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The Bonehunters (The Malazan Book of the Fallen, #6)
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The Bonehunters (The Malazan Book of the Fallen #6)

4.4 of 5 stars 4.40  ·  rating details  ·  16,165 ratings  ·  402 reviews
The Seven Cities Rebellion has been crushed. Sha'ik is dead. One last rebel force remains, holed up in the city of Y'Ghatan and under the fanatical command of Leoman of the Flails. The prospect of laying siege to this ancient fortress makes the battle-weary Malaz 14th Army uneasy. For it was here that the Empire's greatest champion Dassem Ultor was slain and a tide of Mala ...more
Paperback, 1231 pages
Published April 13th 2007 by Bantam (first published 2006)
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Gardens of the Moon by Steven EriksonA Game of Thrones by George R.R. MartinThe Blade Itself by Joe AbercrombieThe Black Company by Glen CookDeadhouse Gates by Steven Erikson
Military Fantasy
10th out of 219 books — 401 voters
Prince of Thorns by Mark  LawrenceThe Blade Itself by Joe AbercrombieA Game of Thrones by George R.R. MartinKing of Thorns by Mark  LawrenceEmperor of Thorns by Mark  Lawrence
The Grimdarks
54th out of 180 books — 549 voters

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Community Reviews

(showing 1-30 of 3,000)
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'Aye,' he said in a rasp, 'we went hunting… through the bones of the damned city. And then we crawled outa that grave.'

The Adjunct's gaze left the ragged man, traveled slowly, along the line, the gaunt faces, the deathly eyes staring out from dust-caked faces. 'Bonehunters in truth, then.' She paused, then said 'Welcome back, soldiers.'

Another really strong installment in this series. The return of a load of my favourite characters with loads of really cool developments in the world and plot

So happy to have finished this up! It's the longest book I've read EVER I believe.
I have a lot of thoughts to sort through before I review this so my review will follow very soon.
Suffice to say it was very very good!


So, this book is the book which I was a little intimidated by when I saw the size and this coming from someone who read a LOT of very big books. It's a whopping 1,200 pages, and much as I love the Malazan characters and world I did find
Duffy Pratt
10/10/11 - This series keeps getting better. This book doesn't work as a standalone novel, but that's not too surprising in a book for number six in an ongoing saga. Rather, this one felt to me like two novels in one. First, there is the baptism by fire of the Bonehunters. And then second, there is the Return of the 14th Army to Malaz Island. Both of these sections stand up with anything already in the series.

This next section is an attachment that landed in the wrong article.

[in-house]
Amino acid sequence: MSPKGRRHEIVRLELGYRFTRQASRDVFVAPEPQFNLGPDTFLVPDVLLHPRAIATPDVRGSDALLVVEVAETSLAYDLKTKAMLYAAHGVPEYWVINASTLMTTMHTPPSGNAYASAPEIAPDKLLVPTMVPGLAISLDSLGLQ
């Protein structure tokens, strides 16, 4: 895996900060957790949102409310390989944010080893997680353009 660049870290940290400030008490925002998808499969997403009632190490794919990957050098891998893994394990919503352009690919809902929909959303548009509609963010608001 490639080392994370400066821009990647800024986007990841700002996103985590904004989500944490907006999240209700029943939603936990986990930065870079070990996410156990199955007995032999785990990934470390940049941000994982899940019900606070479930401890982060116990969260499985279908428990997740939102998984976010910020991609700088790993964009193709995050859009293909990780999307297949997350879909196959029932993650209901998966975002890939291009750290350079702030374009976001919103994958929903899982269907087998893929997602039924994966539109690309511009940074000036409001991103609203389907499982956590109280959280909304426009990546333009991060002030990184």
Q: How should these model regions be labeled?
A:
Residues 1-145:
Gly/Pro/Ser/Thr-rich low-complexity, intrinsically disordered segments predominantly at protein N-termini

GRR Martin got famous by killing off a beloved character. He did it once, and since th
David Sven
I could again go into great length about how Erikson brings his world to life in deep and detailed world building, or how the reread of each of the Malazan books is a vastly superior experience to the initial read given the density of information that is missed on round one – but it gets a little repetitive after book six as far as reviews go and if you have got this far you are probably already in love with the series anyway. So I’ll try and stick to some of the basics of plot and theme for tho ...more
Lori (Hellian)
It's useless. I keep intending to take a break between these and read something else that I've been eagerly anticipating, but the fact of the matter is I'm addicted to this series. And it's all I want to read. So why deny myself?

Finally finished! I haven't had much reading time this whole past month, and I have been so so frustrated, because this is such a marvelous addition that continues to satisfy and feed my obsession with this series. Also, it does meander a bit in the middle so it's not as
As much as I made fun of the previous book, Midnight Tides, as being the quintessential Malazan book (huge new cast of characters, place we had never been to before, time period before the main arc, etc.), The Bonehunters struck me as a very conventional, but still quite excellent, novel. We returned to see many, many familiar faces from past books. It was so strange recognize just about every main character, know what was going on, and understand the dynamics of their respective situations. Lik ...more